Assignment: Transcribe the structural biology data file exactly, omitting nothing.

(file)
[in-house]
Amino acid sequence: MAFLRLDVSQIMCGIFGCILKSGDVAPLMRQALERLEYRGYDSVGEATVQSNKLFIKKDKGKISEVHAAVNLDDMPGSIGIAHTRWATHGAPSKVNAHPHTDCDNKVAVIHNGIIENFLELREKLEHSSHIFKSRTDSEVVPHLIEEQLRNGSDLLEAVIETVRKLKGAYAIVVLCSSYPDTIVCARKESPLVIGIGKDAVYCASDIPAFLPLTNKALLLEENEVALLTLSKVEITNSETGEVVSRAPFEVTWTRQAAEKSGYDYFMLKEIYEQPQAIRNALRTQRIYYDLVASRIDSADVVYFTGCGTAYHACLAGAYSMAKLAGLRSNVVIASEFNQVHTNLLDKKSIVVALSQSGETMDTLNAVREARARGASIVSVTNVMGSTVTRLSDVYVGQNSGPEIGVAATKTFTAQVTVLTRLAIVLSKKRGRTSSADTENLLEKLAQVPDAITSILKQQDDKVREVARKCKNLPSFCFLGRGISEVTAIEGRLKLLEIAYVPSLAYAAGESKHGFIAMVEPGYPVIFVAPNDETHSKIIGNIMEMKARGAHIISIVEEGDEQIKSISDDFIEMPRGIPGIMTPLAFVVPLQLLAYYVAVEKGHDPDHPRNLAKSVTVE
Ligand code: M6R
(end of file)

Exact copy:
[in-house]
Amino acid sequence: MAFLRLDVSQIMCGIFGCILKSGDVAPLMRQALERLEYRGYDSVGEATVQSNKLFIKKDKGKISEVHAAVNLDDMPGSIGIAHTRWATHGAPSKVNAHPHTDCDNKVAVIHNGIIENFLELREKLEHSSHIFKSRTDSEVVPHLIEEQLRNGSDLLEAVIETVRKLKGAYAIVVLCSSYPDTIVCARKESPLVIGIGKDAVYCASDIPAFLPLTNKALLLEENEVALLTLSKVEITNSETGEVVSRAPFEVTWTRQAAEKSGYDYFMLKEIYEQPQAIRNALRTQRIYYDLVASRIDSADVVYFTGCGTAYHACLAGAYSMAKLAGLRSNVVIASEFNQVHTNLLDKKSIVVALSQSGETMDTLNAVREARARGASIVSVTNVMGSTVTRLSDVYVGQNSGPEIGVAATKTFTAQVTVLTRLAIVLSKKRGRTSSADTENLLEKLAQVPDAITSILKQQDDKVREVARKCKNLPSFCFLGRGISEVTAIEGRLKLLEIAYVPSLAYAAGESKHGFIAMVEPGYPVIFVAPNDETHSKIIGNIMEMKARGAHIISIVEEGDEQIKSISDDFIEMPRGIPGIMTPLAFVVPLQLLAYYVAVEKGHDPDHPRNLAKSVTVE
Ligand code: M6R